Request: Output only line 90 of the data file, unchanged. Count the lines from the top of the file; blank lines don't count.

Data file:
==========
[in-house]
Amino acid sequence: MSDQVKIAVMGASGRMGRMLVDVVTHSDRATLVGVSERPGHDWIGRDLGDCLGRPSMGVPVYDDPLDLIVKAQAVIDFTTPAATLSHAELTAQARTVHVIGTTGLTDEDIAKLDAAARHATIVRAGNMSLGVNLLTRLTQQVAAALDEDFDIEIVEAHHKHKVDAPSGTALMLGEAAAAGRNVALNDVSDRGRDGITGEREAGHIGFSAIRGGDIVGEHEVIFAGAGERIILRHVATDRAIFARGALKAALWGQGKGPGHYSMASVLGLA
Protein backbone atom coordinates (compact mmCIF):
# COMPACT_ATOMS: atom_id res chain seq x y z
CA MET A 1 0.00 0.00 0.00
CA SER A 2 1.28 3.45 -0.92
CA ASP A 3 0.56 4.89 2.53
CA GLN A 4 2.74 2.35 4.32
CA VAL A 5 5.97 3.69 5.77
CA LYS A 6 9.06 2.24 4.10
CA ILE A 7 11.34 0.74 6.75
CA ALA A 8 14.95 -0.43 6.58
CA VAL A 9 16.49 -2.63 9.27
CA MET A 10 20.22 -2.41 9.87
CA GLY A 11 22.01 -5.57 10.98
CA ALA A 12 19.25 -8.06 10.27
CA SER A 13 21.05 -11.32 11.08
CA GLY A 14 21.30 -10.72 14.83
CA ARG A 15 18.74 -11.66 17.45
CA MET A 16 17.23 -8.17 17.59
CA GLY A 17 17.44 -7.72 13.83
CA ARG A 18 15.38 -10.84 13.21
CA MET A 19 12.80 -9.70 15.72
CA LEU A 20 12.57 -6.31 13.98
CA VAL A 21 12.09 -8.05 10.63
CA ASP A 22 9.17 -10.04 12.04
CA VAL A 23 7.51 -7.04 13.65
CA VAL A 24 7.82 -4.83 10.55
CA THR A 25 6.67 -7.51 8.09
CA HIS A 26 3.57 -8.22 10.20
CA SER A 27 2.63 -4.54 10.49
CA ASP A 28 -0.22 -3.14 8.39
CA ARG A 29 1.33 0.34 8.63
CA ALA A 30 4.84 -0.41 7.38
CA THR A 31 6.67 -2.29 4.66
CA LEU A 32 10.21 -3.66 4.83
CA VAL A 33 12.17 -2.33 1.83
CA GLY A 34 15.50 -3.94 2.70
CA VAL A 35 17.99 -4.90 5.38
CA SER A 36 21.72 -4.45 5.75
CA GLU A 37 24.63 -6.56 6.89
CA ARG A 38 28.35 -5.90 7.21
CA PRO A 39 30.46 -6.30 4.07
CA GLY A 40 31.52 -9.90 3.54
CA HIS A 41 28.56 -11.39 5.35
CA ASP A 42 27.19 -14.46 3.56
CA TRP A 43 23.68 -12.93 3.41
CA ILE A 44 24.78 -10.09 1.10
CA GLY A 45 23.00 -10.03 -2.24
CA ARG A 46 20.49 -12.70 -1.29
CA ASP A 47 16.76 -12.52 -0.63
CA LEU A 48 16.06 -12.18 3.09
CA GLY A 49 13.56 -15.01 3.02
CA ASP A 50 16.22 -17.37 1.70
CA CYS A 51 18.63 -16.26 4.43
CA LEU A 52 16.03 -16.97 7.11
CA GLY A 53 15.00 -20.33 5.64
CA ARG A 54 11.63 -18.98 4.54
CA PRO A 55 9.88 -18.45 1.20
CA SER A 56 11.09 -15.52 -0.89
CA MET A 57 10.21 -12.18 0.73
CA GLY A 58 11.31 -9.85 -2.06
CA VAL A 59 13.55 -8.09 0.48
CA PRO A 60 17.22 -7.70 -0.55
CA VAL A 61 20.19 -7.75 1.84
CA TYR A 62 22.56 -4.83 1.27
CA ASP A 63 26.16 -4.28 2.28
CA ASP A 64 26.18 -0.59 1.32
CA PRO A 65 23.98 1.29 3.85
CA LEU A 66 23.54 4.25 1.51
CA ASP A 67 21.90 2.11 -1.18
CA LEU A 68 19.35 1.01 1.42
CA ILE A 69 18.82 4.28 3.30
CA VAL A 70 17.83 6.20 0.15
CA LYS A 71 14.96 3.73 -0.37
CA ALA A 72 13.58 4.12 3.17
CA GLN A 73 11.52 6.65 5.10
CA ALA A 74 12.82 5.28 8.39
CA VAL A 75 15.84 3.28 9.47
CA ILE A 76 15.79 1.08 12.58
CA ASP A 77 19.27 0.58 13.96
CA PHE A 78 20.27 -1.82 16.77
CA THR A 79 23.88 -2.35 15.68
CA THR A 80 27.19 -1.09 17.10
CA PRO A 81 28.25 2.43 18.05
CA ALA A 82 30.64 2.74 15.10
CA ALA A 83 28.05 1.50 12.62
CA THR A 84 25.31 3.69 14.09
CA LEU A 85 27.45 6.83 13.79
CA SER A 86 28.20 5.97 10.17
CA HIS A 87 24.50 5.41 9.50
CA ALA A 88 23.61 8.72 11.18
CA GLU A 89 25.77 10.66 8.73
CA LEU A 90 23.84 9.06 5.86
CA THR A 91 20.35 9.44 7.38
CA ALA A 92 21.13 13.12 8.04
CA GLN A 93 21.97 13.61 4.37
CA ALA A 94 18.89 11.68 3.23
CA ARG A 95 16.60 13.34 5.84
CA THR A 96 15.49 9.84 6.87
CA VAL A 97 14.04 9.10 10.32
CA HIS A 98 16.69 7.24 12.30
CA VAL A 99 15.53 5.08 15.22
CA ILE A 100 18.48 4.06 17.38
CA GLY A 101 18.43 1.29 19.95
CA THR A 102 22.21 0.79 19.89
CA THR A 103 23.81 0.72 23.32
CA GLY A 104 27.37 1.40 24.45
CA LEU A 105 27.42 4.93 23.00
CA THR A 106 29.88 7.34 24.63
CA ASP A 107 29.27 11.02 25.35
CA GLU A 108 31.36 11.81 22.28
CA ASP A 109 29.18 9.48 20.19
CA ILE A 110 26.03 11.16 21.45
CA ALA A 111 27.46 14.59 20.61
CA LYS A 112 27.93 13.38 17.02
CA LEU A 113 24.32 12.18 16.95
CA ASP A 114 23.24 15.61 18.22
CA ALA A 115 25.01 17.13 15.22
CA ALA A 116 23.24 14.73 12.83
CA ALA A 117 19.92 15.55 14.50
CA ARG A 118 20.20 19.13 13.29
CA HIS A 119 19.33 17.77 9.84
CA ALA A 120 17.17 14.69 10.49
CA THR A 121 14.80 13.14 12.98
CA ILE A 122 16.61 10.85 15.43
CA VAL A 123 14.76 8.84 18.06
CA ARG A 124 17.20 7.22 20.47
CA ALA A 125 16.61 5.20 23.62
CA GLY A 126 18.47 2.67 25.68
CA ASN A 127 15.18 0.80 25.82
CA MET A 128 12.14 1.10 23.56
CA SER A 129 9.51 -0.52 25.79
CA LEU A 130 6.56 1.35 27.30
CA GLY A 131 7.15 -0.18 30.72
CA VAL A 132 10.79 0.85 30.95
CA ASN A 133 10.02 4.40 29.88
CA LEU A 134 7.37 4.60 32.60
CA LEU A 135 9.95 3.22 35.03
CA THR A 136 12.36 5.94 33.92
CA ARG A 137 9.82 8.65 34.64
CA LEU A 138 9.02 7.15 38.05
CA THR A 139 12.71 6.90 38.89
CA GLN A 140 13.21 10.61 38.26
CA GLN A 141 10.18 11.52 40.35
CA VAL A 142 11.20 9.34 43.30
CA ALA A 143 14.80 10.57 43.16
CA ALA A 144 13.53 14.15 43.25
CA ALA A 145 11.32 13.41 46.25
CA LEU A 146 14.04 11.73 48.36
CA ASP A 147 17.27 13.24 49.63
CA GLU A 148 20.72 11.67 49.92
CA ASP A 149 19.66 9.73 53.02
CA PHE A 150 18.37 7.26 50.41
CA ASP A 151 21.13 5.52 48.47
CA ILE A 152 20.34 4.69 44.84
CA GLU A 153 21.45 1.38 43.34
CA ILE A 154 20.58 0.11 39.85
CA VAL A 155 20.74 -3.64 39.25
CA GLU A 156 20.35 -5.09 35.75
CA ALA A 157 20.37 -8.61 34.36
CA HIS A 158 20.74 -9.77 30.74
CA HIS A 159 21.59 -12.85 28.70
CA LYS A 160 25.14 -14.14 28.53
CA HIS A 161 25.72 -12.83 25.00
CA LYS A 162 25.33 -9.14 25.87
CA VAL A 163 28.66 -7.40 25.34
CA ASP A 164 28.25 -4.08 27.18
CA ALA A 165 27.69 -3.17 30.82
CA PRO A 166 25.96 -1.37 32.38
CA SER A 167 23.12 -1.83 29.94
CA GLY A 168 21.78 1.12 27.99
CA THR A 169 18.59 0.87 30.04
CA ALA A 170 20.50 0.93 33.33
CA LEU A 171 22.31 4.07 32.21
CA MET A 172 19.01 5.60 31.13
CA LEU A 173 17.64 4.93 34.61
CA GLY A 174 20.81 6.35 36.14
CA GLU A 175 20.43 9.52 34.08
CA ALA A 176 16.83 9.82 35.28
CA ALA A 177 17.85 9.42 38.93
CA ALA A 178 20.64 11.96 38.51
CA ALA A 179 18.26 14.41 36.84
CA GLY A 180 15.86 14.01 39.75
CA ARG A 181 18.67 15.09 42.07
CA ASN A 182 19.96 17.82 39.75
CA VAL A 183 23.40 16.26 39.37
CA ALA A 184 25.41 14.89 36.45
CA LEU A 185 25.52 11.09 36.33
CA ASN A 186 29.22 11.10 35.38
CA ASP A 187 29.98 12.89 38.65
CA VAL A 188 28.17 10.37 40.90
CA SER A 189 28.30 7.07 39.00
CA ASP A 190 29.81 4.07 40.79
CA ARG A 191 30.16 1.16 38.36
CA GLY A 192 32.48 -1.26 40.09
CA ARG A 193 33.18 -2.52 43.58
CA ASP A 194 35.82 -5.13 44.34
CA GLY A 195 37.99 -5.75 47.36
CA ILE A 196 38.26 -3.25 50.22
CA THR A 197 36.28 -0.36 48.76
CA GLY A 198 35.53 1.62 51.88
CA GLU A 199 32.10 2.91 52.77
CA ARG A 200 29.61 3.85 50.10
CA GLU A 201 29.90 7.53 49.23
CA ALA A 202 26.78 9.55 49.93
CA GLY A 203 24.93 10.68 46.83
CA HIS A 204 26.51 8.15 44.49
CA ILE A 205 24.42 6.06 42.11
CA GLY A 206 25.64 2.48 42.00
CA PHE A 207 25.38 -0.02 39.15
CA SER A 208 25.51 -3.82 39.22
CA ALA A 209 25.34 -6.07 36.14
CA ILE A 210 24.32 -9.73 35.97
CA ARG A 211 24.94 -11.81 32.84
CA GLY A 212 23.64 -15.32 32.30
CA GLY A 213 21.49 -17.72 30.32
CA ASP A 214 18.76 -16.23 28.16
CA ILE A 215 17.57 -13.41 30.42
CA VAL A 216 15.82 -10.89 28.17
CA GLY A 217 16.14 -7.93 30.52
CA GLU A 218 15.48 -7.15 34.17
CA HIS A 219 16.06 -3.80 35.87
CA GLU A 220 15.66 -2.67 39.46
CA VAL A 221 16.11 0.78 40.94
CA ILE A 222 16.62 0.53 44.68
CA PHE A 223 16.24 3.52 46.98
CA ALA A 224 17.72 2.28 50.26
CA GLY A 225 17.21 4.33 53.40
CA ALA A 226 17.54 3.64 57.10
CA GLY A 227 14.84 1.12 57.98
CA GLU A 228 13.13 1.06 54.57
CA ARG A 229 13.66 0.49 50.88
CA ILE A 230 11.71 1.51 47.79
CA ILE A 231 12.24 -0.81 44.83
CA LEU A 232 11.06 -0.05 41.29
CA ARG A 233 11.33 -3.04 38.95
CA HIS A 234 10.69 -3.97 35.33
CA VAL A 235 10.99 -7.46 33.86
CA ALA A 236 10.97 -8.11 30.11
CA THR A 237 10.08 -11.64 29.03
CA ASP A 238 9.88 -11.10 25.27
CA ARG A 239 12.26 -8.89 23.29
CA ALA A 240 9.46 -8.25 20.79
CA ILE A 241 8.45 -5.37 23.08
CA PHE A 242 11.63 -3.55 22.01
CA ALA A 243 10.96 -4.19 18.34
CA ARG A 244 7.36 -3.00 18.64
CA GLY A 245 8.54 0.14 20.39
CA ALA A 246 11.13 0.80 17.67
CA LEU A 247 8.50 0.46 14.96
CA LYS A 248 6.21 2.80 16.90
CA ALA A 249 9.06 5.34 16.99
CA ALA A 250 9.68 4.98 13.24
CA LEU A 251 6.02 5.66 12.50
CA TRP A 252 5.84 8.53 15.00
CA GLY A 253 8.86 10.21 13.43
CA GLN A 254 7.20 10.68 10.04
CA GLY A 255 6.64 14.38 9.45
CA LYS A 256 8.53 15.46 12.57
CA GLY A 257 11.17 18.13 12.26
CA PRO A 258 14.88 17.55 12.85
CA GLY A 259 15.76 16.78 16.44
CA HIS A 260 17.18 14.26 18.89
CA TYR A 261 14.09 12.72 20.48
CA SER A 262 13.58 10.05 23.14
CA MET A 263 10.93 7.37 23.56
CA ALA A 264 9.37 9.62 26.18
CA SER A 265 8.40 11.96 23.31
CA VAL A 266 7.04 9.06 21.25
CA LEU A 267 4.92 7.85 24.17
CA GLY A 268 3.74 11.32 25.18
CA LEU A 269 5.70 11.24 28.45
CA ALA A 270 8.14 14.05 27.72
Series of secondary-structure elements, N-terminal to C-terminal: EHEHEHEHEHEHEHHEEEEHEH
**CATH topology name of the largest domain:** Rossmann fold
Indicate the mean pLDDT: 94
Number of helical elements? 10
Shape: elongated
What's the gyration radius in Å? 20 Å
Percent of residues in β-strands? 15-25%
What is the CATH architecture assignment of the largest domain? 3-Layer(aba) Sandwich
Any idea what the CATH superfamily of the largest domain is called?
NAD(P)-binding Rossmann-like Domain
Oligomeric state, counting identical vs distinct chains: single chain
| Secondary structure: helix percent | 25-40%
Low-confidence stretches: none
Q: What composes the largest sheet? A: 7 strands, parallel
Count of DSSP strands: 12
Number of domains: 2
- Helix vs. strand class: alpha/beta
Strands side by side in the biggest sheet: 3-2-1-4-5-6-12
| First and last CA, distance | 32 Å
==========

CA SER A 86 28.20 5.97 10.17